The transplant surgeon announced last month that the 57-year-old patient, who survived two months after undergoing a pig heart transplant, had died of a pig virus.
In January, David Bennett, a handyman who had suffered from heart failure, underwent a highly experimental surgery at the University of Maryland Medical Center in which doctors implanted a genetically modified pig heart.
Shortly after undergoing the surgery, Mr. Bennett died in March. The hospital simply said his condition worsened over a few days but did not provide an exact cause of death.
Last month, Mr. Bennett’s transplant surgeon, Bartley Griffith, revealed that the pig’s heart was infected with a swine virus known as cytomegalovirus in pigs, which may have contributed to Mr. Bennett’s death. In a webinar hosted by the American Transplant Society on April 20, Dr. Griffiths described the virus and doctors’ attempts to treat it, the MIT Technology Review first reported on Wednesday.
“We are starting to find out why he died,” Dr. Griffiths said, adding that[The virus] Perhaps it was the actor, or it could be the actor, who caused all this.”
According to experts, the transplant was a “key test for an external organ transplant,” a process that involves transferring tissue between different species. They believe the experiment may have been derailed by an “unintentional error,” as pigs bred to supply organs are supposed to be virus-free.
“If this is an infection, we can potentially prevent it in the future,” Dr. Griffiths said during the webinar.
The biggest challenge in animal-to-human transplants is the resilience of the human immune system, as it can attack foreign cells in a process called rejection and trigger a response that will eventually destroy the transplanted organ or tissue.
As a result, companies are bioengineering pigs by removing and adding different genes to help mask their tissues from potential immune attacks. The heart used in Mr. Bennett’s case came from a pig that had undergone 10 genetic modifications made by Revivicor, a biotech company.
Despite concerns that an organ transplant could lead to a pandemic if the virus adapts within the human body and spreads to others, experts believe the specific type of virus in donor Mr. Bennett’s heart is unable to infect human cells.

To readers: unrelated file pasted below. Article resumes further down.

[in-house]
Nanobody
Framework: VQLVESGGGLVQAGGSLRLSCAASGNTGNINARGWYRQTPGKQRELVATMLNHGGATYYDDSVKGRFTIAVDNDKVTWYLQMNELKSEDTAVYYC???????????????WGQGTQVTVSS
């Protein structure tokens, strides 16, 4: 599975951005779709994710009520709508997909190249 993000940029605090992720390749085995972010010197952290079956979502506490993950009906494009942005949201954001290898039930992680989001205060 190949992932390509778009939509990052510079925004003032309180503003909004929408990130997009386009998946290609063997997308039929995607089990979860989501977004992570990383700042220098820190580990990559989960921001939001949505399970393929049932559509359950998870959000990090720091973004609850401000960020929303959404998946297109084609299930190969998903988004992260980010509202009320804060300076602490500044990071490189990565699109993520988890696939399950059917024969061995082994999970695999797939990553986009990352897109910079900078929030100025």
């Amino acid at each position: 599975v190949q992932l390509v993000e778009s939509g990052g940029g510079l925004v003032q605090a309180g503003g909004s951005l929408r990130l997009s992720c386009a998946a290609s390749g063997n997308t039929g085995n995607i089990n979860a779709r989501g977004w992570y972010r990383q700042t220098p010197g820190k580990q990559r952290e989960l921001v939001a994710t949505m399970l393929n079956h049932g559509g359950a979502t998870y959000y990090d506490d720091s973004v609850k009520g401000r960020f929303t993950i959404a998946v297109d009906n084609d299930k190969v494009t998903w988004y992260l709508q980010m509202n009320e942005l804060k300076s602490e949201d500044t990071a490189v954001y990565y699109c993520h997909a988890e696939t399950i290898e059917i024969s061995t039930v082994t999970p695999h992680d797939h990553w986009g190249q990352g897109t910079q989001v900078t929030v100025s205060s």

According to Jay Fishman, who specializes in transplant infections at Massachusetts General Hospital, “there is no real risk to humans” from spreading it to others. Instead, the concern stems from the ability of CMV in pigs to provoke reactions that can damage and destroy not only the organ, but also the patient.
Experts are reluctant to attribute Bennett’s death entirely to the virus. According to Joachim Diener, a researcher at the Institute of Virology at the Free University of Berlin, “This patient was very, very, very ill. Don’t forget that? The virus may have contributed but it wasn’t the only cause.”
Two years ago, Diener led a study in which researchers reported that pig hearts transplanted into baboons only last several weeks if they contained CMV in pigs. On the other hand, hearts that were free of infection were able to live over a period of six months.
Shortly after Mr. Bennett’s surgery, Dr. Griffiths and his team frequently monitored his recovery through various blood tests. In one test, doctors checked Mr. Bennett’s blood for traces of several viruses and bacteria and found a “small dot” indicating the presence of CMV in pigs. However, because his levels were so low, the doctors assumed the result might be wrong.
Dr. Griffiths also revealed that because the private blood test was taking nearly 10 days to perform, doctors were unable to tell that the virus was actually starting to multiply quickly. As a result, this may have triggered a reaction that Dr. Griffiths now thinks was likely a “cytokine blast,” a storm of an exaggerated immune response that can cause serious problems.
On day 43 of the experiment, doctors discovered that Mr. Bennett was breathing hard and warm to the touch. “He looked really funky. Something happened to him. He looked injured,” Dr. Griffith said, adding, “He’s lost his attention and won’t talk to us.”
In an effort to fight Mr. Bennett’s infection while keeping his immune system in check, doctors provided him with intravenous immunoglobulin as well as cidofovir, a drug sometimes used in AIDS patients. Mr. Bennett showed signs of recovery after 24 hours before his condition deteriorated again.
“I personally suspect that he developed a capillary leak in response to his inflammatory burst, which filled his heart with edema, edema turned into fibrous tissue, and went into acute diastolic heart failure,” Dr. Griffiths said at the webinar. – guardian